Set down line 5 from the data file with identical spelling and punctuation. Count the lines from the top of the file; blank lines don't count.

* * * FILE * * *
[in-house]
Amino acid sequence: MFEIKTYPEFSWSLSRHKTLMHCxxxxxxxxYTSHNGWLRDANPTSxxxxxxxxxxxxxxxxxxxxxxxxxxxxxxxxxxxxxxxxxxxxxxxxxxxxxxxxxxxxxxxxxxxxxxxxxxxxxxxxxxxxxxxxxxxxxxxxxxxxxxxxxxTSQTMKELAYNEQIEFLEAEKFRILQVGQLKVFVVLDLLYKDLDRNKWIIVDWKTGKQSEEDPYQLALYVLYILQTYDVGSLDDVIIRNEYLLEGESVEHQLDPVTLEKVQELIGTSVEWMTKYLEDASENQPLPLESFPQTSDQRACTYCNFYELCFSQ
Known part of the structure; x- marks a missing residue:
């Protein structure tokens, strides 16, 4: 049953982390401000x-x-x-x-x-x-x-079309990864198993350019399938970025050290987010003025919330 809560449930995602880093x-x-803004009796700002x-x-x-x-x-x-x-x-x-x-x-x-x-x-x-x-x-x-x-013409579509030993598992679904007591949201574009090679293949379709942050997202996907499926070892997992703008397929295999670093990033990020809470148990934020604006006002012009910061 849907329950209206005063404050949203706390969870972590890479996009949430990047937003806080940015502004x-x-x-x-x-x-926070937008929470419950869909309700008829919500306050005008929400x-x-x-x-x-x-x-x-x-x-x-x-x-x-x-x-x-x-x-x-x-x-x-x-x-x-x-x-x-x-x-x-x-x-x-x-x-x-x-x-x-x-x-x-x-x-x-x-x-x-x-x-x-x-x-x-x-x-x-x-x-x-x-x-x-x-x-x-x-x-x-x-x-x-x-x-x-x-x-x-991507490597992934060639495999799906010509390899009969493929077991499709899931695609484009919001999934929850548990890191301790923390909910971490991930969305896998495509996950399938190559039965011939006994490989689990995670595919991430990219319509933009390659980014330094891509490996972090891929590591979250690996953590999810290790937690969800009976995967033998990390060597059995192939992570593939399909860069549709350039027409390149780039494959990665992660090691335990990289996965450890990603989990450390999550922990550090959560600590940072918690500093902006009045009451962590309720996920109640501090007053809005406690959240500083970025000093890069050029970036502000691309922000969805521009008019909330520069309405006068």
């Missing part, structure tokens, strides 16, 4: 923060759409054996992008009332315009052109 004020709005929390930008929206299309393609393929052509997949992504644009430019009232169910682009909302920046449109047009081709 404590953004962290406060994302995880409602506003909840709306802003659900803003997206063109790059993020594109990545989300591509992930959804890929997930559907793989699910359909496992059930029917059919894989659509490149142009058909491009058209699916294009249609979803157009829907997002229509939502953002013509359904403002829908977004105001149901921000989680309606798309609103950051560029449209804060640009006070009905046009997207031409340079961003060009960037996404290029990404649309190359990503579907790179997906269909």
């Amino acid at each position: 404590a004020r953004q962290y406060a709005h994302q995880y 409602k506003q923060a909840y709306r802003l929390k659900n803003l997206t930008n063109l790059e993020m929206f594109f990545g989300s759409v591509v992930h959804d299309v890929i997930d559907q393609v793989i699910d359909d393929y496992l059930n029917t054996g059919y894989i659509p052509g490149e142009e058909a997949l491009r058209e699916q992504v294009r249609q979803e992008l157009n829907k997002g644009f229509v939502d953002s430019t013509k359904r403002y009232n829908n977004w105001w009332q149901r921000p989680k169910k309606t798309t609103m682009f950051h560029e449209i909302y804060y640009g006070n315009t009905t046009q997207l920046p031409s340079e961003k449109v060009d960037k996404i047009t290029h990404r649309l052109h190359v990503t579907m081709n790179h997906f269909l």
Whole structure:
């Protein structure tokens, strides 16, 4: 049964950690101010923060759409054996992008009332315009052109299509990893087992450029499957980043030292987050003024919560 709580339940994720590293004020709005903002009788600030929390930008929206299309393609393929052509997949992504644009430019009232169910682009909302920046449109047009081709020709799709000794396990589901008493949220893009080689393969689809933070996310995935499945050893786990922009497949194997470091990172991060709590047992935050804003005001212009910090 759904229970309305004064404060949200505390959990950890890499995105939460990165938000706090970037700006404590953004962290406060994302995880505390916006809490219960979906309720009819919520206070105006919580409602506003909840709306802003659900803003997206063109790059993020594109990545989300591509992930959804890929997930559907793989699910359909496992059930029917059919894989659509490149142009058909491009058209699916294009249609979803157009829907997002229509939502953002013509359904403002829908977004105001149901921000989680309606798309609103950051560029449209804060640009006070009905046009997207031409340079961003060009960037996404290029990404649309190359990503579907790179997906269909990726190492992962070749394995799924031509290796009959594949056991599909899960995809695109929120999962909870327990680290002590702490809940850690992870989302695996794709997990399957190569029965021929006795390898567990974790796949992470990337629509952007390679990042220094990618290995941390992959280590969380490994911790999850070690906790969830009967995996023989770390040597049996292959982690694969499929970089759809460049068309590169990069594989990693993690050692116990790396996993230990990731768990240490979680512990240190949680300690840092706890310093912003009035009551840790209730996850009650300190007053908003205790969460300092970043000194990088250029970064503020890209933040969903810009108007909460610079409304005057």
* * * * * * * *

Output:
């Missing part, structure tokens, strides 16, 4: 923060759409054996992008009332315009052109 004020709005929390930008929206299309393609393929052509997949992504644009430019009232169910682009909302920046449109047009081709 404590953004962290406060994302995880409602506003909840709306802003659900803003997206063109790059993020594109990545989300591509992930959804890929997930559907793989699910359909496992059930029917059919894989659509490149142009058909491009058209699916294009249609979803157009829907997002229509939502953002013509359904403002829908977004105001149901921000989680309606798309609103950051560029449209804060640009006070009905046009997207031409340079961003060009960037996404290029990404649309190359990503579907790179997906269909």